with that said

  • icecreamsoldier

    Senior Member
    New Zealand English
    Hi, welcome to the forums angel! :)

    "With that said, he got up and left the meeting."
    We could rewrite this as "Having said that," or "After saying that."
    It could also mean that someone else said something and then "he" left.
     

    Dimcl

    Senior Member
    Canadian English
    It's sort of a qualifier. For example, I could be trying to convince you of the rightness of my opinion on a certain subject but then I might say:

    "With that said, I will admit that your argument does have some merit."

    Another way of qualifying is something that I say (quite often, I'm afraid):

    "Having said that, I will admit that your argument does have some merit."

    It simply means that although I've said such-and-such, I do concede certain points in the argument.
     

    icecreamsoldier

    Senior Member
    New Zealand English
    Perhaps you are right, Dimcl, and I know many speakers use it when making a concession. Were it "that said" without "with" I would have immediately given your definition; however, "with" to me suggests implications for what follows, such as "in the moment following that statement." I always just say "that said."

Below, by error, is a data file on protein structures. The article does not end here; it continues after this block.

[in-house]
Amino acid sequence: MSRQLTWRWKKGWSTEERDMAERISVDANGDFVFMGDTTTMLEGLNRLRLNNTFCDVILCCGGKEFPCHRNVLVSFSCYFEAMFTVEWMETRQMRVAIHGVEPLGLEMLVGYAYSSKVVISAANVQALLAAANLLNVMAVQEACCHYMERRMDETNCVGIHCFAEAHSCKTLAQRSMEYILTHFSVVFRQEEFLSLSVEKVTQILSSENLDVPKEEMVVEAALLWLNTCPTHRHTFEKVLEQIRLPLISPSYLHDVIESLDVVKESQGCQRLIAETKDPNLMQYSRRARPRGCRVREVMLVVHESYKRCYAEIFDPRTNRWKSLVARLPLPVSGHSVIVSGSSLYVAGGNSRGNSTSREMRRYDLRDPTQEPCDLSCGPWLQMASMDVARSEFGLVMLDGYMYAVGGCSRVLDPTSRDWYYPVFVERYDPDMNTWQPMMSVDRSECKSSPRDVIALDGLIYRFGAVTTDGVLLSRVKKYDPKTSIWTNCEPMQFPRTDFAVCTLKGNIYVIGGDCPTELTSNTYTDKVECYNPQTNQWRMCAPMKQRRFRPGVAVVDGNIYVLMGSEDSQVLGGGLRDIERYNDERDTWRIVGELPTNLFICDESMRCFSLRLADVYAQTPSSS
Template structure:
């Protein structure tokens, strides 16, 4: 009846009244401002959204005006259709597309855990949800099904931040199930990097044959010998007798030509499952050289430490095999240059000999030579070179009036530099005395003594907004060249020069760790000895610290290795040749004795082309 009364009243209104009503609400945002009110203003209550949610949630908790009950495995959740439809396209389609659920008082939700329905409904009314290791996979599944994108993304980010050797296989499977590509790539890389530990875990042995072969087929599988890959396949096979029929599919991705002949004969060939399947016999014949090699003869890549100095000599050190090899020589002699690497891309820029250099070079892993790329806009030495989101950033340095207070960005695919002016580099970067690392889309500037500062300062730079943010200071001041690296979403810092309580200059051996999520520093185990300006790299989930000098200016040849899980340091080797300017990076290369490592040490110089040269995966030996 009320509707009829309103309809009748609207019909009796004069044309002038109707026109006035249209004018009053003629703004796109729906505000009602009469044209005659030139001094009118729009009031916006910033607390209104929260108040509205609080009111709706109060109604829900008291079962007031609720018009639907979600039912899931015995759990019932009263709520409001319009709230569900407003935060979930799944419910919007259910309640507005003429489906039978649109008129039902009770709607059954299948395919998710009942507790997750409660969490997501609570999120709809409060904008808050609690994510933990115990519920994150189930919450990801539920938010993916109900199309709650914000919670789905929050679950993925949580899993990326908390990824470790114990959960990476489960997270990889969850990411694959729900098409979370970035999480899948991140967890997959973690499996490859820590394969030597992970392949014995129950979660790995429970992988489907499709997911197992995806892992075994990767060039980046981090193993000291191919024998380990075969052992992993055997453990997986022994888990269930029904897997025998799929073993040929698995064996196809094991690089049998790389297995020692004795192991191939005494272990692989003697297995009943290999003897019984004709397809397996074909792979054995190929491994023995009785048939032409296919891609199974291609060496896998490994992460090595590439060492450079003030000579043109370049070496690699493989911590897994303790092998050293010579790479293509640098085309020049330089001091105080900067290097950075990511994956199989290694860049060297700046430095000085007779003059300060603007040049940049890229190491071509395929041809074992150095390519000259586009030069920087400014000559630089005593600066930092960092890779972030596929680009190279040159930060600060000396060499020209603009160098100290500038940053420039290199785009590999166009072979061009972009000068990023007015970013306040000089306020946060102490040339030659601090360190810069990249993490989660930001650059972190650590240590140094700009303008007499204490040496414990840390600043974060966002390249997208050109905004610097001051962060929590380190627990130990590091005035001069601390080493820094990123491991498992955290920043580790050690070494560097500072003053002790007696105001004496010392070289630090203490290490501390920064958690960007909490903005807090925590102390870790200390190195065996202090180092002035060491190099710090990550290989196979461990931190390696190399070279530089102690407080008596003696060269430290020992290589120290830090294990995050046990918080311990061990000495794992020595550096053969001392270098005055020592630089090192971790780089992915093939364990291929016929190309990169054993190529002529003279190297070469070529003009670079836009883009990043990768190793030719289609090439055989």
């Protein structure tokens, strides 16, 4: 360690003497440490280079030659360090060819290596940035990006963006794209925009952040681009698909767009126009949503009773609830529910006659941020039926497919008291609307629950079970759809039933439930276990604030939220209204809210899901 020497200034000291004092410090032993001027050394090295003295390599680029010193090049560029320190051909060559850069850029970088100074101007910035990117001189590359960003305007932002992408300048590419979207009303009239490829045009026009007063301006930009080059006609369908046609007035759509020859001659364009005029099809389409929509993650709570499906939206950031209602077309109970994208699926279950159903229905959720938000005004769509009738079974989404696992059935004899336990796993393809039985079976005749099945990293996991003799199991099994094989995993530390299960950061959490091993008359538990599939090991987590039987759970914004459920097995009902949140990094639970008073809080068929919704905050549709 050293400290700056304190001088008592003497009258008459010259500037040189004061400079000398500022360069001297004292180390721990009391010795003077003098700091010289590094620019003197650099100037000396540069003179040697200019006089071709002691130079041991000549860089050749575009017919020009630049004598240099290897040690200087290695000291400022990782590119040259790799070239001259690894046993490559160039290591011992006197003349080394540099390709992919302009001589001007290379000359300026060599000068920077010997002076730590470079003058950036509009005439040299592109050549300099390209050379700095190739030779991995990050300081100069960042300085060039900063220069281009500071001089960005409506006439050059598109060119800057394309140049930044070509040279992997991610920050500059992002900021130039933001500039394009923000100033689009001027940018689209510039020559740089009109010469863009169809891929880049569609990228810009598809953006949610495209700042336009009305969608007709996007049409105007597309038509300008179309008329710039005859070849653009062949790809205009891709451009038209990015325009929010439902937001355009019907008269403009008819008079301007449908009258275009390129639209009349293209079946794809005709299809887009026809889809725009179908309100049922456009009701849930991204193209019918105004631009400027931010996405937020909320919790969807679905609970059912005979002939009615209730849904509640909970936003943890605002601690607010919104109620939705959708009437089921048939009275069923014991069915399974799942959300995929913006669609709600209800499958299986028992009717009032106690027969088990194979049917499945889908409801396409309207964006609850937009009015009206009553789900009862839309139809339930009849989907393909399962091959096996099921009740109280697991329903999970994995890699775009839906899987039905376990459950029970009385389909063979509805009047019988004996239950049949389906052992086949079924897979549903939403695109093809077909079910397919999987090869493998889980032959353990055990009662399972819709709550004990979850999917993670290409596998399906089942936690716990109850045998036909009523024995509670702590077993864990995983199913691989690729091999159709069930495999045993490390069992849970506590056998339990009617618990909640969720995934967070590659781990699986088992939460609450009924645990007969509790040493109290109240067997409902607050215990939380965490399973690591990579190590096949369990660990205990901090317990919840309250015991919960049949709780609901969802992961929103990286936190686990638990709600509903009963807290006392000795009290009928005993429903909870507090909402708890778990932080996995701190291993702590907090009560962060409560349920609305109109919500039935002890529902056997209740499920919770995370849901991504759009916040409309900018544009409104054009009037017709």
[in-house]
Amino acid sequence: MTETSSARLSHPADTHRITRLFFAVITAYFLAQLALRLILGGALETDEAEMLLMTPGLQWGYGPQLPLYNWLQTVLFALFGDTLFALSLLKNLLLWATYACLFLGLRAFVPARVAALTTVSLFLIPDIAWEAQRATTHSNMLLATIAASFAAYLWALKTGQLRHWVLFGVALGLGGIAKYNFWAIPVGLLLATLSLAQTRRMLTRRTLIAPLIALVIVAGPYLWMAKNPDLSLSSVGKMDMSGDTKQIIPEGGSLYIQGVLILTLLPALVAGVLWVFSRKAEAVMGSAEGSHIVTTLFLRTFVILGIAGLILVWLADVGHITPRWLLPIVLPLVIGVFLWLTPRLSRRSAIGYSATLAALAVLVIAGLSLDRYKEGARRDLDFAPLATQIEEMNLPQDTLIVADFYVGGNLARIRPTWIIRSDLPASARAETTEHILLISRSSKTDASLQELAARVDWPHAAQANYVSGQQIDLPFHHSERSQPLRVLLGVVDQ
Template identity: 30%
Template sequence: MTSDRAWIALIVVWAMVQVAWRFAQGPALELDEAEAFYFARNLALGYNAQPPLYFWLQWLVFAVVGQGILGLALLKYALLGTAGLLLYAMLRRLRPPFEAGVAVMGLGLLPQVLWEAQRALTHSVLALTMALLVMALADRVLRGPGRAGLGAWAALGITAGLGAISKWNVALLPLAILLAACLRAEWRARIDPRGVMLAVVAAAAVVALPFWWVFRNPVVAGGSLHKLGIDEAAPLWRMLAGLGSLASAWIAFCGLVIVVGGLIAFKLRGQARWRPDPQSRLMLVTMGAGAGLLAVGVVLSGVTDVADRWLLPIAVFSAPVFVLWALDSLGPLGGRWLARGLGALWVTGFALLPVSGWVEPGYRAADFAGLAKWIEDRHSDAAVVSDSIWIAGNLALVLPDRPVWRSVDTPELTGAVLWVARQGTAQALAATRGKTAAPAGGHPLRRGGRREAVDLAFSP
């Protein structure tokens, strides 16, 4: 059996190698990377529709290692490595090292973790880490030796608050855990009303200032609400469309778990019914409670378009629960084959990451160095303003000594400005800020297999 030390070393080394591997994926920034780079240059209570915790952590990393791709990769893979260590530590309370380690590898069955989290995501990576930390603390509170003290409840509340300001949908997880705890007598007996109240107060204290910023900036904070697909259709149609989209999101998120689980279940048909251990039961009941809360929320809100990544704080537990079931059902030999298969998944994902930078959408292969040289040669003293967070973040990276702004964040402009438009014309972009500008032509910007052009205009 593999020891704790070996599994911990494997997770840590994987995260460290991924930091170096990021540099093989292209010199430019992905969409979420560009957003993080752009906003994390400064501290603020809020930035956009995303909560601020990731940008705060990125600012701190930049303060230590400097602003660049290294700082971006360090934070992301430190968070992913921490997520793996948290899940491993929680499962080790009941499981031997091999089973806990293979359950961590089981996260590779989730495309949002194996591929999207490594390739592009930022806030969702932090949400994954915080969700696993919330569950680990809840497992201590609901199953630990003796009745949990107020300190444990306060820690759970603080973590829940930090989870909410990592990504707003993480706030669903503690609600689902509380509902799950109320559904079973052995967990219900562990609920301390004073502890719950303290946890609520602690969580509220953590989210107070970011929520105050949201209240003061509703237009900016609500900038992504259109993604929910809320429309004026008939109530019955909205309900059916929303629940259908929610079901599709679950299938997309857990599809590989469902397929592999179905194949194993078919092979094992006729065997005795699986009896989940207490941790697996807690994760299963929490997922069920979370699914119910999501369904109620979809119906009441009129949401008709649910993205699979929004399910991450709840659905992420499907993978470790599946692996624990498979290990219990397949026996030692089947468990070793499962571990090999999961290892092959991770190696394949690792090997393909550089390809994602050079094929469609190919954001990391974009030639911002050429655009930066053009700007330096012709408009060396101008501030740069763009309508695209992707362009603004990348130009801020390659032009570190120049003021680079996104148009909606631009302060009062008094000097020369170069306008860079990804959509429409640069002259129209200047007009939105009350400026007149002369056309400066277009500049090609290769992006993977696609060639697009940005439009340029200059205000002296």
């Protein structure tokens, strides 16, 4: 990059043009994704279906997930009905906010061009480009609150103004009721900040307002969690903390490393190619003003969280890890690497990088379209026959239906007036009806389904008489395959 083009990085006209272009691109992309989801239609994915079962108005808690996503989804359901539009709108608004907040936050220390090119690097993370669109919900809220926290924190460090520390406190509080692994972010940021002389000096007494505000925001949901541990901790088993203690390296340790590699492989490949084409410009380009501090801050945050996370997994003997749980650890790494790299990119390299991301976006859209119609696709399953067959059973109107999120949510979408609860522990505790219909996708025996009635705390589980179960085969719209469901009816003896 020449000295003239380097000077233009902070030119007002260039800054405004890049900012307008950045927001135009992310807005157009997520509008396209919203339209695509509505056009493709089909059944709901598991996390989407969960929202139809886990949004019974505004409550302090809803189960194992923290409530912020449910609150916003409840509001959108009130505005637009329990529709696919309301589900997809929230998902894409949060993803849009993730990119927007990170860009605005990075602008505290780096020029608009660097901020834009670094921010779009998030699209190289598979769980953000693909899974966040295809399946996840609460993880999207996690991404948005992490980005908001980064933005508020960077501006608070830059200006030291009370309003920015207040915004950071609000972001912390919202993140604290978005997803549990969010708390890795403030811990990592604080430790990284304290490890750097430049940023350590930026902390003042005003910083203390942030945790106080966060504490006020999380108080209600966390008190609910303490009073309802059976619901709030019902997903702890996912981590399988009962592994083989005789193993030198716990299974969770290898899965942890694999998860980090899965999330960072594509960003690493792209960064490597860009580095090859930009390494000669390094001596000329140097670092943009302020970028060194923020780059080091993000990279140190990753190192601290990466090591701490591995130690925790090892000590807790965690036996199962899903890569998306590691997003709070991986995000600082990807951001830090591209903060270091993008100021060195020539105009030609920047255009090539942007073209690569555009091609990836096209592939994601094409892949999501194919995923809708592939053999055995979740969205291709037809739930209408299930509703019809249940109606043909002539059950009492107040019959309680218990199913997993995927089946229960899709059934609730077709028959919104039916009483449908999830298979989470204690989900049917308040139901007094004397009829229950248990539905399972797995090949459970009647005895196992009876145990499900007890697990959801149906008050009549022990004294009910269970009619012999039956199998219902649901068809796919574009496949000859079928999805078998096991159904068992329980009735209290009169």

Thomas Tompion

    Member Emeritus
    English - England
    I must say I hear concessive force in the way this is often said.

    So I can imagine its being used in Dimcl's proposed:

    "With that said, I will admit that your argument does have some merit."

    It is often said on other occasions where though could be alternatively used:

    "(Long argument on the dangers of global warming), with that said we mustn't forget that countermeasures would be very costly too."

    In a less obviously idiomatic sense, I can also imagine it in Icecreamsoldier's more literal:

    "With that said, he got up and left the meeting."
     
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